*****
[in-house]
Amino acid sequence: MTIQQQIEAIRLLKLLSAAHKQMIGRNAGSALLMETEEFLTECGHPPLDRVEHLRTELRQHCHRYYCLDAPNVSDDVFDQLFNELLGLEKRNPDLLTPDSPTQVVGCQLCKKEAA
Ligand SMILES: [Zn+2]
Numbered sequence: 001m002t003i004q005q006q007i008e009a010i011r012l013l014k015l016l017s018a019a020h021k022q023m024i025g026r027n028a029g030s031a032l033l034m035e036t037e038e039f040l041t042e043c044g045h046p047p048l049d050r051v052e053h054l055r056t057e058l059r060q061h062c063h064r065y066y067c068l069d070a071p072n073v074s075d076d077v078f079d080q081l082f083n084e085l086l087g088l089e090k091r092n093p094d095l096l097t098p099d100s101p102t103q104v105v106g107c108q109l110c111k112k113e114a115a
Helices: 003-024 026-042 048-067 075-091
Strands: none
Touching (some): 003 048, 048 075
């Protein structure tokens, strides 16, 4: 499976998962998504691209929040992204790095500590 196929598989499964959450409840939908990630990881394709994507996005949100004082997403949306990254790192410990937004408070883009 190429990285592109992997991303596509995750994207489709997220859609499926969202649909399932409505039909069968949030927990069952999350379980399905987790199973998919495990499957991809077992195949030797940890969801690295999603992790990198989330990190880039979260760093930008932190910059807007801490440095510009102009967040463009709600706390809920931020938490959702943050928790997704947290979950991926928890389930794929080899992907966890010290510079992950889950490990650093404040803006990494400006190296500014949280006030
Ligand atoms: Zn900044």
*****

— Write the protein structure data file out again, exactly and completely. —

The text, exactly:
[in-house]
Amino acid sequence: MTIQQQIEAIRLLKLLSAAHKQMIGRNAGSALLMETEEFLTECGHPPLDRVEHLRTELRQHCHRYYCLDAPNVSDDVFDQLFNELLGLEKRNPDLLTPDSPTQVVGCQLCKKEAA
Ligand SMILES: [Zn+2]
Numbered sequence: 001m002t003i004q005q006q007i008e009a010i011r012l013l014k015l016l017s018a019a020h021k022q023m024i025g026r027n028a029g030s031a032l033l034m035e036t037e038e039f040l041t042e043c044g045h046p047p048l049d050r051v052e053h054l055r056t057e058l059r060q061h062c063h064r065y066y067c068l069d070a071p072n073v074s075d076d077v078f079d080q081l082f083n084e085l086l087g088l089e090k091r092n093p094d095l096l097t098p099d100s101p102t103q104v105v106g107c108q109l110c111k112k113e114a115a
Helices: 003-024 026-042 048-067 075-091
Strands: none
Touching (some): 003 048, 048 075
């Protein structure tokens, strides 16, 4: 499976998962998504691209929040992204790095500590 196929598989499964959450409840939908990630990881394709994507996005949100004082997403949306990254790192410990937004408070883009 190429990285592109992997991303596509995750994207489709997220859609499926969202649909399932409505039909069968949030927990069952999350379980399905987790199973998919495990499957991809077992195949030797940890969801690295999603992790990198989330990190880039979260760093930008932190910059807007801490440095510009102009967040463009709600706390809920931020938490959702943050928790997704947290979950991926928890389930794929080899992907966890010290510079992950889950490990650093404040803006990494400006190296500014949280006030
Ligand atoms: Zn900044």